study, a large proportion of patients had an "indeterminate
clinical outcome" in both arms. Ifthese indeterminate
patients had been considered treatment
failures, then failure rates would have been 32.5% in
the cefazolin group and 30% in the ceftriaxone group.
Our study is the first to examine the interrater agreement
of the characteristics of celluUtis. The agreement between
physicians on these characteristics is very strong when objective
measurements are used (such as fever or diameter
of erythema), and the agreement appears to be poor to
moderate when physicians are asked for a subjective clinical
impression (such as an impression of severity). This
finding demonstrates the need to record the objective manifestations
of these infections and to clarify the features of
severity and the admission requirements.
Our study has some important limitations. Due to the
availability of the research nurses, patients were not enrolled
during night shifts and weekends. Two-thirds of our
patients were treated with IV antibiotics, suggesting that
many patients treated with oral antibiotics were not enrolled.
Enrolment was slower than expected, and even with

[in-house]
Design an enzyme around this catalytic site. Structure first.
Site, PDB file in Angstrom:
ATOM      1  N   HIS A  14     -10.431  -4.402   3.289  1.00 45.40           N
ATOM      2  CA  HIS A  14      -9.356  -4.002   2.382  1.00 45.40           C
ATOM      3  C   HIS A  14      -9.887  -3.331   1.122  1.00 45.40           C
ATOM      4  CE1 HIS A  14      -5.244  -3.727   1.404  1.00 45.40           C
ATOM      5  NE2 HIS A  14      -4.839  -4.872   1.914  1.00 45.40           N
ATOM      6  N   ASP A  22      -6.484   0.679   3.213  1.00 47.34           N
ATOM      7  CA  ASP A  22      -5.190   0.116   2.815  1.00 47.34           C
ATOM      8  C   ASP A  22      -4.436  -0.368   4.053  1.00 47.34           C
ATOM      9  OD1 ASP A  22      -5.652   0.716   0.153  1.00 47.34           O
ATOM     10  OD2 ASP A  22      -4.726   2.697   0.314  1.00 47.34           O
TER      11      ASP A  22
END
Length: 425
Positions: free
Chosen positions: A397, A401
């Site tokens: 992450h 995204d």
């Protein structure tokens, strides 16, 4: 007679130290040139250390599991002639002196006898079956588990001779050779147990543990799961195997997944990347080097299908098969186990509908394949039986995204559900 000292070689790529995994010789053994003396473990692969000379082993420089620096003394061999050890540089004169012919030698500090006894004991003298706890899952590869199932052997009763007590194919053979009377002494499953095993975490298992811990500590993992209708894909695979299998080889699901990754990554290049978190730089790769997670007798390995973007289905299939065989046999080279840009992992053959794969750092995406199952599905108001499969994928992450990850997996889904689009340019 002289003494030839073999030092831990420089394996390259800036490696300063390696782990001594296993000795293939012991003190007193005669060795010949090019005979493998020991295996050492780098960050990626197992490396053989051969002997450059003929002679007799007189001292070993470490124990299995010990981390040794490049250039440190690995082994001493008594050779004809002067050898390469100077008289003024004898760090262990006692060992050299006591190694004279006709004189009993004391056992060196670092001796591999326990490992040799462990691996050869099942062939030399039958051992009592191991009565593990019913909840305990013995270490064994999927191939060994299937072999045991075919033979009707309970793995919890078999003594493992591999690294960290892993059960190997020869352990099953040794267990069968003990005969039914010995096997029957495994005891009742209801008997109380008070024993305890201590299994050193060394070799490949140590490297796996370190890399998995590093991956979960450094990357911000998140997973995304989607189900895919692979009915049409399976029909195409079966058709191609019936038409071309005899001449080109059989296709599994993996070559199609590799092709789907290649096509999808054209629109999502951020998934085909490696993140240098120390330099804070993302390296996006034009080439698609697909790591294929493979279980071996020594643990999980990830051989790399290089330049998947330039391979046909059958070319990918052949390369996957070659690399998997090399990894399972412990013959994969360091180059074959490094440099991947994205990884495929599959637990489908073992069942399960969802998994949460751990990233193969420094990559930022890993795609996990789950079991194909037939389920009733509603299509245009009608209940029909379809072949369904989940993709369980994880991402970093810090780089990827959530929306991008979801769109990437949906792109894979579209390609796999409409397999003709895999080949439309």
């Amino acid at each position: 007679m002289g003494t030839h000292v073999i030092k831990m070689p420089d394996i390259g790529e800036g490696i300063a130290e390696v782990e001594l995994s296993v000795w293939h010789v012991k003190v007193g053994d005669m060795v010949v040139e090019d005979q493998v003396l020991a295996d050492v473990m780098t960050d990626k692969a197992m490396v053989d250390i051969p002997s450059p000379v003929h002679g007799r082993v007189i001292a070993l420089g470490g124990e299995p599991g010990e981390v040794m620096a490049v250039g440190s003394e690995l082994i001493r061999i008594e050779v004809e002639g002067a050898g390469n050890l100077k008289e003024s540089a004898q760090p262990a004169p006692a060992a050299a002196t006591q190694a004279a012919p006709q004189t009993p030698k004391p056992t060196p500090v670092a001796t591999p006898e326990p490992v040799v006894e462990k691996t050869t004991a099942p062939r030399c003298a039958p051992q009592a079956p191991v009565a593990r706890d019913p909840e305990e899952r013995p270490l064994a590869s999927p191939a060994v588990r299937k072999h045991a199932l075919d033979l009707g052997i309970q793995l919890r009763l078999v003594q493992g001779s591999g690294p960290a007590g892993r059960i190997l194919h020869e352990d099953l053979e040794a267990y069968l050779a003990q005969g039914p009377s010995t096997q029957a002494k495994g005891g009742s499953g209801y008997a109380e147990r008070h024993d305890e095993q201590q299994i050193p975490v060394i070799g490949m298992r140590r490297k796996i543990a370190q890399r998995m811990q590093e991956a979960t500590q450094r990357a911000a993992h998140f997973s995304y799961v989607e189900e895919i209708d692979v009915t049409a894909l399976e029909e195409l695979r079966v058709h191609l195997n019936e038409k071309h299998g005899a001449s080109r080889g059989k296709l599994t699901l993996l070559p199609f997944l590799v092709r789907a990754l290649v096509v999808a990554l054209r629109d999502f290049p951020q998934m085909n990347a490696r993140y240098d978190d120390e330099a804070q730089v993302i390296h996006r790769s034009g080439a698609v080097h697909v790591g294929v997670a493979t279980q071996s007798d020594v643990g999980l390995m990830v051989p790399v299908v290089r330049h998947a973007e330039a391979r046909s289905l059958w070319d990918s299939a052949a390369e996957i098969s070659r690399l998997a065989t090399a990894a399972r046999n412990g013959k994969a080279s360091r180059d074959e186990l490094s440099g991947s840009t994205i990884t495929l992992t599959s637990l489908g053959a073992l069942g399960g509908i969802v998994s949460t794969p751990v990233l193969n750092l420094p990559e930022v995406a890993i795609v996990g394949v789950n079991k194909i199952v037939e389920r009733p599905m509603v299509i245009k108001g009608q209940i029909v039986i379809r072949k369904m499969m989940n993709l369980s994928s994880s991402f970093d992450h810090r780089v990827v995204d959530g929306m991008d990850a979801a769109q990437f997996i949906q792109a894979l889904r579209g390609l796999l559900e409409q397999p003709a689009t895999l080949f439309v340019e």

extension of the study time frame, we still did not meet our
target of 100 patients. There is the potential for selection
bias and, consequently, an overestimation of the treatment
failure rates. Our small sample size was not adequate for a
multivariate analysis. Some of the features that appeared to
be associated with treatment failure did not reach statistical
significance in our univariate analysis, and this may also
be due to the small sample size.
Despite these limitations, this is the first ED study to
prospectively identify specific patient and infection characteristics.
Our definition for treatment failure was also
prospectively defined and implemented after an extensive
review of the cellulitis literature. There have not been any
previous attempts to examine the interrater reliability of
the features of cellulitis. and although our sample size was
small, we have been able to show disagreement between
physicians on many of the more subjective features of cellulitis.
These fmdings will be used to assist with the design
of future research to establish which patients should be eligible
and will benefit most from treatment with ED-based IV antibiotics.
The treatment of cellulitis with daily ED-based IV antibiotics
has a treatment failure rate of more than 25% in our
centre. A clinical trial of this practice is needed to determine
which patients may benefit from more intensive IV
therapy, as is possible with admission. Older patients and
patients with previous (failed) oral therapy and those infections
over a larger area are more likely to fail ED treatment
for cellulitis. Physicians show high interrater reliability for
the objective findings of skin and soft-tissue infections
(such as fever and estimated size) but poor interrater reliability
for subjective decision (such as infection severity and
need for hospital admission). Further research should also
be focused on identifying infection characteristics for clinical
decision-making that are reliable and reproducible.
[ABSTRACT FROM AUTHOR]